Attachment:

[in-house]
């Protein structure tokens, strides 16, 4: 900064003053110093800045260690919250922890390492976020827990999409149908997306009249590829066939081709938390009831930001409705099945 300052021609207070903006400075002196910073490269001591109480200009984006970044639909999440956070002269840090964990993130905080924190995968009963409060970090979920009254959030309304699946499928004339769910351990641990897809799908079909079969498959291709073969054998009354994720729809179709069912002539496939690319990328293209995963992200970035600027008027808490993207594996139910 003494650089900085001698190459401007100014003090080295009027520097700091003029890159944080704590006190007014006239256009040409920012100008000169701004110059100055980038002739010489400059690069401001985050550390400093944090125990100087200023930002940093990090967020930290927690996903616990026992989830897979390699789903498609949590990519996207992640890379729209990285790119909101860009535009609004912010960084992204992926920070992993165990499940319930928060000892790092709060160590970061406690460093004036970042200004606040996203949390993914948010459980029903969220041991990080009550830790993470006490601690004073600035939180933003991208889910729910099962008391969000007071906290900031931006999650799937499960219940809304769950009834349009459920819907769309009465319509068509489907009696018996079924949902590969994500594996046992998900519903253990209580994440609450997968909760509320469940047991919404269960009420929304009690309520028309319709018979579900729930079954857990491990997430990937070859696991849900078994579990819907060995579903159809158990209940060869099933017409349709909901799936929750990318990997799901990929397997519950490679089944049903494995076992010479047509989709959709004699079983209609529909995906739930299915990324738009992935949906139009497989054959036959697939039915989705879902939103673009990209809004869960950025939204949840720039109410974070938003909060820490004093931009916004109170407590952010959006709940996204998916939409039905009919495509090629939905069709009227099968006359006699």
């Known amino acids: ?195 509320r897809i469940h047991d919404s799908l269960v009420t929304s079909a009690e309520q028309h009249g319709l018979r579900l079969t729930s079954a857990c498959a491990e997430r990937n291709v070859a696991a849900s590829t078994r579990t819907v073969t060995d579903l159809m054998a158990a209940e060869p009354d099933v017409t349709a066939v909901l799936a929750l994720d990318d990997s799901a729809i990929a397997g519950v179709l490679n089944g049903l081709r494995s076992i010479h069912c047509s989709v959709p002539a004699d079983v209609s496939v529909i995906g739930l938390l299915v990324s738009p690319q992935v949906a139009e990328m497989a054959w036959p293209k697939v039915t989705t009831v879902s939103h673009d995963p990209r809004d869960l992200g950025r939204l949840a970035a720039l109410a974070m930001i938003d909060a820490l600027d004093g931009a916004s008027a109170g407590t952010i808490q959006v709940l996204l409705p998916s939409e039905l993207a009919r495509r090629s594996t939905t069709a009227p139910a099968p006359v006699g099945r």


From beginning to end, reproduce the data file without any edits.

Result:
[in-house]
């Protein structure tokens, strides 16, 4: 900064003053110093800045260690919250922890390492976020827990999409149908997306009249590829066939081709938390009831930001409705099945 300052021609207070903006400075002196910073490269001591109480200009984006970044639909999440956070002269840090964990993130905080924190995968009963409060970090979920009254959030309304699946499928004339769910351990641990897809799908079909079969498959291709073969054998009354994720729809179709069912002539496939690319990328293209995963992200970035600027008027808490993207594996139910 003494650089900085001698190459401007100014003090080295009027520097700091003029890159944080704590006190007014006239256009040409920012100008000169701004110059100055980038002739010489400059690069401001985050550390400093944090125990100087200023930002940093990090967020930290927690996903616990026992989830897979390699789903498609949590990519996207992640890379729209990285790119909101860009535009609004912010960084992204992926920070992993165990499940319930928060000892790092709060160590970061406690460093004036970042200004606040996203949390993914948010459980029903969220041991990080009550830790993470006490601690004073600035939180933003991208889910729910099962008391969000007071906290900031931006999650799937499960219940809304769950009834349009459920819907769309009465319509068509489907009696018996079924949902590969994500594996046992998900519903253990209580994440609450997968909760509320469940047991919404269960009420929304009690309520028309319709018979579900729930079954857990491990997430990937070859696991849900078994579990819907060995579903159809158990209940060869099933017409349709909901799936929750990318990997799901990929397997519950490679089944049903494995076992010479047509989709959709004699079983209609529909995906739930299915990324738009992935949906139009497989054959036959697939039915989705879902939103673009990209809004869960950025939204949840720039109410974070938003909060820490004093931009916004109170407590952010959006709940996204998916939409039905009919495509090629939905069709009227099968006359006699």
């Known amino acids: ?195 509320r897809i469940h047991d919404s799908l269960v009420t929304s079909a009690e309520q028309h009249g319709l018979r579900l079969t729930s079954a857990c498959a491990e997430r990937n291709v070859a696991a849900s590829t078994r579990t819907v073969t060995d579903l159809m054998a158990a209940e060869p009354d099933v017409t349709a066939v909901l799936a929750l994720d990318d990997s799901a729809i990929a397997g519950v179709l490679n089944g049903l081709r494995s076992i010479h069912c047509s989709v959709p002539a004699d079983v209609s496939v529909i995906g739930l938390l299915v990324s738009p690319q992935v949906a139009e990328m497989a054959w036959p293209k697939v039915t989705t009831v879902s939103h673009d995963p990209r809004d869960l992200g950025r939204l949840a970035a720039l109410a974070m930001i938003d909060a820490l600027d004093g931009a916004s008027a109170g407590t952010i808490q959006v709940l996204l409705p998916s939409e039905l993207a009919r495509r090629s594996t939905t069709a009227p139910a099968p006359v006699g099945r």